An astrolabe (Greek: ἀστρολάβος astrolabos, “star-taker”) is an elaborate inclinometer, historically used by astronomers and navigators, to measure the inclined position in the sky of a celestial body, day or night.
But the Astrolabe Explorer is a full day of kayaking off the coast of Abel Tasman National Park, through an area called the Astrolabe Roadstead. But “Astrolabe” here is from the name of Dumont D’Urville’s ship–he was a French explorer who mapped the South Island on New Zealand in the late 1820s.
Fast forward about 200 years: in late January 2017, our younger daughter Annie was visiting New Zealand. Although Dan could not go, Annie and I decided to go on a full day kayaking tour led by Gabe from Kaiteriteri Kayak.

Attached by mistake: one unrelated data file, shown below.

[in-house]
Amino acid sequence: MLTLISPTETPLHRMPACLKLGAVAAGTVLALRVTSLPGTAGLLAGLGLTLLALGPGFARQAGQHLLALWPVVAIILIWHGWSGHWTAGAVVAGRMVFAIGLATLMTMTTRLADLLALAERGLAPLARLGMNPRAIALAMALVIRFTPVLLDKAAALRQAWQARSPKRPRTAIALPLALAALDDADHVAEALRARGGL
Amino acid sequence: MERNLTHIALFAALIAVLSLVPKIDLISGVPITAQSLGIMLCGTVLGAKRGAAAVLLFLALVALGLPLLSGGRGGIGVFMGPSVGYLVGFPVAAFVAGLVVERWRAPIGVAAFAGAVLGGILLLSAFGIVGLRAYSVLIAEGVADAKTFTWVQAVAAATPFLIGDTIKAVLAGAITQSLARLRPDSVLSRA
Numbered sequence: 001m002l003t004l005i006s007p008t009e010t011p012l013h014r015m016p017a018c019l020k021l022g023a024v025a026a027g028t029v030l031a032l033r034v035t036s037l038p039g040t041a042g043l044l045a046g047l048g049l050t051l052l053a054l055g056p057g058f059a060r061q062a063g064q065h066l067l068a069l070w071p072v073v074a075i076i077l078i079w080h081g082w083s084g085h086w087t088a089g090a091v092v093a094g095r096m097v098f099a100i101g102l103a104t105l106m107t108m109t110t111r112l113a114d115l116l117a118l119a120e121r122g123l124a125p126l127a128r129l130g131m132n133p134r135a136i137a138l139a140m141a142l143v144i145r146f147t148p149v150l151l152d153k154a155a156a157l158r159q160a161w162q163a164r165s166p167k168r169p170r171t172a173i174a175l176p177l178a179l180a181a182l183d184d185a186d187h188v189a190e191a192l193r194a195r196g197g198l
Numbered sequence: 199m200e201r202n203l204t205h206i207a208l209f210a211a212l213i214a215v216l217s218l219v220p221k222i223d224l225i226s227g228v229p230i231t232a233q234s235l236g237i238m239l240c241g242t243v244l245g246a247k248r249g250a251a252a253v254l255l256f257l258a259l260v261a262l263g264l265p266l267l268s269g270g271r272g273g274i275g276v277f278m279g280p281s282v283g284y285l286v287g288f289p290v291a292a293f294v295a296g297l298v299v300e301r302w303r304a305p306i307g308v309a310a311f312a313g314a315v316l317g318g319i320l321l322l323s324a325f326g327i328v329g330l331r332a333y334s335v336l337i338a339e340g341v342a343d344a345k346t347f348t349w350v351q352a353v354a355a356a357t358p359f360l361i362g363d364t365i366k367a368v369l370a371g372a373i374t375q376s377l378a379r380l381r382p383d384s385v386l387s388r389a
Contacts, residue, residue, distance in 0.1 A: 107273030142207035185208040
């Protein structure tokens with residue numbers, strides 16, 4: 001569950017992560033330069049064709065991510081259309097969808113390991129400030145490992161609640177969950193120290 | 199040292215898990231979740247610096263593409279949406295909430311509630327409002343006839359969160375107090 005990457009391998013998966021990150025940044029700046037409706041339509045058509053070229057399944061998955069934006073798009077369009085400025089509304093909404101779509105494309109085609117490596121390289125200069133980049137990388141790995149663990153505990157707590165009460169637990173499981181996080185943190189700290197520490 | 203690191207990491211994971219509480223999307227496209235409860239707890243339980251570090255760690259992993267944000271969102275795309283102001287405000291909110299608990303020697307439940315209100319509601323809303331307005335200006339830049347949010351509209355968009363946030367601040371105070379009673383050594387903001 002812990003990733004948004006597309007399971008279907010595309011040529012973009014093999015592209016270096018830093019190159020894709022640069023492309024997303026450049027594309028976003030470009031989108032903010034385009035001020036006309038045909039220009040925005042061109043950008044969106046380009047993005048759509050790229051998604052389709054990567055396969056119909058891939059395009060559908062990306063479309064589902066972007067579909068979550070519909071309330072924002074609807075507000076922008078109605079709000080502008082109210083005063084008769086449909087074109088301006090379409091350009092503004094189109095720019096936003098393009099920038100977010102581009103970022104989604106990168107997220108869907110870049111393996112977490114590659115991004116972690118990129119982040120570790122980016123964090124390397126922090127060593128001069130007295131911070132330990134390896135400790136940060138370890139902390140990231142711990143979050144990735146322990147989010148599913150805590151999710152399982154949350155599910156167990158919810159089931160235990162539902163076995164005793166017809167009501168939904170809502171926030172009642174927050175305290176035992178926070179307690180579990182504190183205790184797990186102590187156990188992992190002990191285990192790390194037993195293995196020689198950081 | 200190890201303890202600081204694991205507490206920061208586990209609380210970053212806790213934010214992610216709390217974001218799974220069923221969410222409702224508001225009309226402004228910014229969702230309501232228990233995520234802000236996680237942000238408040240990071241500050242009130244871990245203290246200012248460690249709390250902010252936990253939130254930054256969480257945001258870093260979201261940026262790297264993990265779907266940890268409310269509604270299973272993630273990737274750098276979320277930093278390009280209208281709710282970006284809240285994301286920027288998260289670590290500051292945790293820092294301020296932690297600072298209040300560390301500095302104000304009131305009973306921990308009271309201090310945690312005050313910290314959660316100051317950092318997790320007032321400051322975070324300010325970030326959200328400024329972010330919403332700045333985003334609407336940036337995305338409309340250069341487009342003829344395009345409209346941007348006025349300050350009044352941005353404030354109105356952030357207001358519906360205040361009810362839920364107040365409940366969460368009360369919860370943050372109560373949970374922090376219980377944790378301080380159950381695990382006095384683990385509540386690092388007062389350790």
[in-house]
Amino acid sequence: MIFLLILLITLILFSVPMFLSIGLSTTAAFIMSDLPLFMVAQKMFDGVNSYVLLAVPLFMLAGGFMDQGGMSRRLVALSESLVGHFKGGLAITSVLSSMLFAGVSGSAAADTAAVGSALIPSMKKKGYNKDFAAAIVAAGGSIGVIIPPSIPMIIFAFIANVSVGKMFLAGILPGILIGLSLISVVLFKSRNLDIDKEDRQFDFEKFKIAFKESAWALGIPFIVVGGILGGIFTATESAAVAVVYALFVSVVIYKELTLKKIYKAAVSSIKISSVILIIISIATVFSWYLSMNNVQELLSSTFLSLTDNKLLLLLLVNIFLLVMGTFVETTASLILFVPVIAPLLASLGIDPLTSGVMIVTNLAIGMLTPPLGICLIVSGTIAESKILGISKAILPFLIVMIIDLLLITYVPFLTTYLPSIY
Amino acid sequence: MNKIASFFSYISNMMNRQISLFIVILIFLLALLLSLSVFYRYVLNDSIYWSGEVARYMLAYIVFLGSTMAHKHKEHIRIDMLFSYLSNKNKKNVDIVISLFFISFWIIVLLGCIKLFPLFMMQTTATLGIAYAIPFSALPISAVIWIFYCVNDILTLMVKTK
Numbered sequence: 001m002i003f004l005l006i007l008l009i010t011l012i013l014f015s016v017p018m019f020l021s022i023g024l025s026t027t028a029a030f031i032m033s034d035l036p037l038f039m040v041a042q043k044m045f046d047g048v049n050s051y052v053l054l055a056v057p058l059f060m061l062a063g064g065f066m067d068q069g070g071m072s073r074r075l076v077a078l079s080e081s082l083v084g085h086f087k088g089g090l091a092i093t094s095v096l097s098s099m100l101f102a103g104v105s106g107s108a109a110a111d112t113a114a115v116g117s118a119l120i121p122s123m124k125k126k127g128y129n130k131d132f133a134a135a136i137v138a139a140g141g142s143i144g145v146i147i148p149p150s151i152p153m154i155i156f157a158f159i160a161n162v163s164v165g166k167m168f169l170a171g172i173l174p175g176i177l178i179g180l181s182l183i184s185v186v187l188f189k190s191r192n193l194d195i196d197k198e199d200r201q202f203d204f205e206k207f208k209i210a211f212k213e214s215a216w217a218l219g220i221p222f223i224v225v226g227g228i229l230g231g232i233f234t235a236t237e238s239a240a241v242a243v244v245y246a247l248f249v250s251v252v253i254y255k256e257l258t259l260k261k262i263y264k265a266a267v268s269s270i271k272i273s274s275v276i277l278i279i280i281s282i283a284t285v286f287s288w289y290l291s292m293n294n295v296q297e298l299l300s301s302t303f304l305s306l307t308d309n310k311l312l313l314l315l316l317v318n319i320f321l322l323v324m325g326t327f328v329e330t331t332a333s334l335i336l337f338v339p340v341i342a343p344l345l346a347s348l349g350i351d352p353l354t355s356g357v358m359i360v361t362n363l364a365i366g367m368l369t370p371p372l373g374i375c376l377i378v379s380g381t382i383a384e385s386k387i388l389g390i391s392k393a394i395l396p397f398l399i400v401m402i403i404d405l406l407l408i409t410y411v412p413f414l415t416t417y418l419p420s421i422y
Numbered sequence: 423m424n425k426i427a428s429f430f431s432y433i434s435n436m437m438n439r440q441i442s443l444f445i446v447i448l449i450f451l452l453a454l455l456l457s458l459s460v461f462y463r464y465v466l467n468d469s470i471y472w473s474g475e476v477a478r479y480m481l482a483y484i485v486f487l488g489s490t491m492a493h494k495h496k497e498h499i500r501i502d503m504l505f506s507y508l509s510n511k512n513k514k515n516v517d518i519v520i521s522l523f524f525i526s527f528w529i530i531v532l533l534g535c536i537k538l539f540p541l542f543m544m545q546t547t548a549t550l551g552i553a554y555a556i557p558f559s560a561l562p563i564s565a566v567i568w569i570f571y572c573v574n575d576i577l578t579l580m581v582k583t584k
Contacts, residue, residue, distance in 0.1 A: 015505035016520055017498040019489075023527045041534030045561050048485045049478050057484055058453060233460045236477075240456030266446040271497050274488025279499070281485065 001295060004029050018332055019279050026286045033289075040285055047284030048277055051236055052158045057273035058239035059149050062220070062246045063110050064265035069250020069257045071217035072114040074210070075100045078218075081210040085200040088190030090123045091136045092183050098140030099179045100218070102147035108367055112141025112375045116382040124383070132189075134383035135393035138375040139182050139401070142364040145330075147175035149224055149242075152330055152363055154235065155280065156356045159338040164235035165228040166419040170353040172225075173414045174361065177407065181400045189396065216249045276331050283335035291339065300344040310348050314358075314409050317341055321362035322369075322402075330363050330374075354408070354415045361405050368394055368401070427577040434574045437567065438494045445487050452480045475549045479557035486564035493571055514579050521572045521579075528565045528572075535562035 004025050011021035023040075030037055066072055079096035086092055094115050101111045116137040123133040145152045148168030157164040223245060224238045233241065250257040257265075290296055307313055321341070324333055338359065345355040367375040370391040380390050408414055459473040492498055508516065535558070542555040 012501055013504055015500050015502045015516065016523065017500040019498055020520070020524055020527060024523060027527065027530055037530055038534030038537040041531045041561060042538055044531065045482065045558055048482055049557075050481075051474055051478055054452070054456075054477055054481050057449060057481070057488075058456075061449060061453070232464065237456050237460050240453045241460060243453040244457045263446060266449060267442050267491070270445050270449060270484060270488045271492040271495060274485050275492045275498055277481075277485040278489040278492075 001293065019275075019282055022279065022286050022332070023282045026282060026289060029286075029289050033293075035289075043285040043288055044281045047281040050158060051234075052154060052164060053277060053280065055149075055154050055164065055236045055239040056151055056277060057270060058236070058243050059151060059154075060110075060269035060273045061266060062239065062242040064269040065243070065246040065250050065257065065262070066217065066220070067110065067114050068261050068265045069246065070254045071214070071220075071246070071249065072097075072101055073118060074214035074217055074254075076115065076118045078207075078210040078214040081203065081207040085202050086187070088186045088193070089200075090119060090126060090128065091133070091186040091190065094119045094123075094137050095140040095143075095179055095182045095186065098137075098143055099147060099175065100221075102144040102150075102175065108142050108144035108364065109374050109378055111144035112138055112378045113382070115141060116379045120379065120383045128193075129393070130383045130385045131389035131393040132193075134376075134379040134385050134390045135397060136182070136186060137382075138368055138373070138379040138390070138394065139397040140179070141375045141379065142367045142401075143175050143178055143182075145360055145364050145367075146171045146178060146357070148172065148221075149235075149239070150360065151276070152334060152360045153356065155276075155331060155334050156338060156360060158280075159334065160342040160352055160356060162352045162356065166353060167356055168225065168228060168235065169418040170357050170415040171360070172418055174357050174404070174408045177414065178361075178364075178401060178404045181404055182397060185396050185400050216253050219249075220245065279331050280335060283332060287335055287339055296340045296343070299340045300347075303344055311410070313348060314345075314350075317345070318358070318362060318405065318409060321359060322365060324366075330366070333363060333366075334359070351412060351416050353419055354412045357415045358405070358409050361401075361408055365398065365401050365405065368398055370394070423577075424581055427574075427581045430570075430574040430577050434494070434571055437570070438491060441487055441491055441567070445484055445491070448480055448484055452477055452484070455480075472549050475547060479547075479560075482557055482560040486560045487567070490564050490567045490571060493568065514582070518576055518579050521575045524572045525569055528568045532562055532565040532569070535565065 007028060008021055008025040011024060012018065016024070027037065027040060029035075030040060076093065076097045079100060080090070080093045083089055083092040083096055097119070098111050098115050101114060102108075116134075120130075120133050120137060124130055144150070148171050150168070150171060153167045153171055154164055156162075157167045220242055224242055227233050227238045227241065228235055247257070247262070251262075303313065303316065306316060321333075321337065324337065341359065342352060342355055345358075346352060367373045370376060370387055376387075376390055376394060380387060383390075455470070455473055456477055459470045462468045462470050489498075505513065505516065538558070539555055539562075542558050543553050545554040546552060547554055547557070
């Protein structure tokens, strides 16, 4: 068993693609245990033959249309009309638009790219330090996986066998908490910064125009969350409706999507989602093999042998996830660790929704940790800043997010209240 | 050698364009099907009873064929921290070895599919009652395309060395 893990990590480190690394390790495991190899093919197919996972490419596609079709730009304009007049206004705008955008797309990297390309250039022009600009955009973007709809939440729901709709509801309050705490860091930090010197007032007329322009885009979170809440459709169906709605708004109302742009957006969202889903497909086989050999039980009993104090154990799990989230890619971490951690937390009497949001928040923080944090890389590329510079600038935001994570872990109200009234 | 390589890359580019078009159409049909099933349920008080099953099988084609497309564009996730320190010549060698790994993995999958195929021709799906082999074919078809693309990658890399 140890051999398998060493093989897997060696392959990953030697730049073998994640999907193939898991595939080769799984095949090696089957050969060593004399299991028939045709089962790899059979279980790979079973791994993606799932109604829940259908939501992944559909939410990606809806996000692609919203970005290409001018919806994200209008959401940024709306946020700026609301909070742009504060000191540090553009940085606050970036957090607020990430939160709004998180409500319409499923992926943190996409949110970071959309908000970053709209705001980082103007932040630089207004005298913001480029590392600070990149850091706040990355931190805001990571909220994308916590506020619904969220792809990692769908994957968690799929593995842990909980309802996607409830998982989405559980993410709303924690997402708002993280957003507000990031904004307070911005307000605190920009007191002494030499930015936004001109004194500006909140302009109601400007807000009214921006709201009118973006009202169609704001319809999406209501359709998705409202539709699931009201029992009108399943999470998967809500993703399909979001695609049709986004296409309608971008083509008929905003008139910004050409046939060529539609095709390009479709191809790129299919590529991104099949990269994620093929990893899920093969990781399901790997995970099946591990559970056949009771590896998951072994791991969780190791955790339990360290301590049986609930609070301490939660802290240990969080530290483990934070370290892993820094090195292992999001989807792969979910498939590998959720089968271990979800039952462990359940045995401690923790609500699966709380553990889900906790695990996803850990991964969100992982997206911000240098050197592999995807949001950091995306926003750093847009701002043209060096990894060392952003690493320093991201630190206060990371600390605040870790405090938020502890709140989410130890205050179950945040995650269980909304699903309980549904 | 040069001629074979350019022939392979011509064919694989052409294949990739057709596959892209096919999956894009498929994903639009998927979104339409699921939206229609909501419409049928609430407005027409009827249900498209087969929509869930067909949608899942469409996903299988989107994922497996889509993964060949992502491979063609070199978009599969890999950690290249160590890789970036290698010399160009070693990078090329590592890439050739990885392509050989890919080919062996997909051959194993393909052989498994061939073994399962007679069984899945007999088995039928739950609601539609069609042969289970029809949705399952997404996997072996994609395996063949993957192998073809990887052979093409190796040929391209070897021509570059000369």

We spent the night before in Clare’s AirBnb in Motueka…and easy 20 minute drive to Kaiteriteri.
After a good night’s sleep and an incredible breakfast, we had the most gorgeous and incredible day in the Tasman Bay paddling through the Astrolabe Roadstead, taking breaks on the sandy beaches, kayaking into caves, wandering on tiny islands, watching seals, cormorants, and learning about the efforts to lure gannets to the bird sanctuary islands.
We raved about the experience so much that Dan and I decided to repeat it: first Clare’s, then another Astrolabe day–this time with another Dan and Tony guiding. It was different, but no less wonderful.
They say a photograph is worth a thousand words–so quit reading and start enjoying! Then make your travel plans. Simply incredible!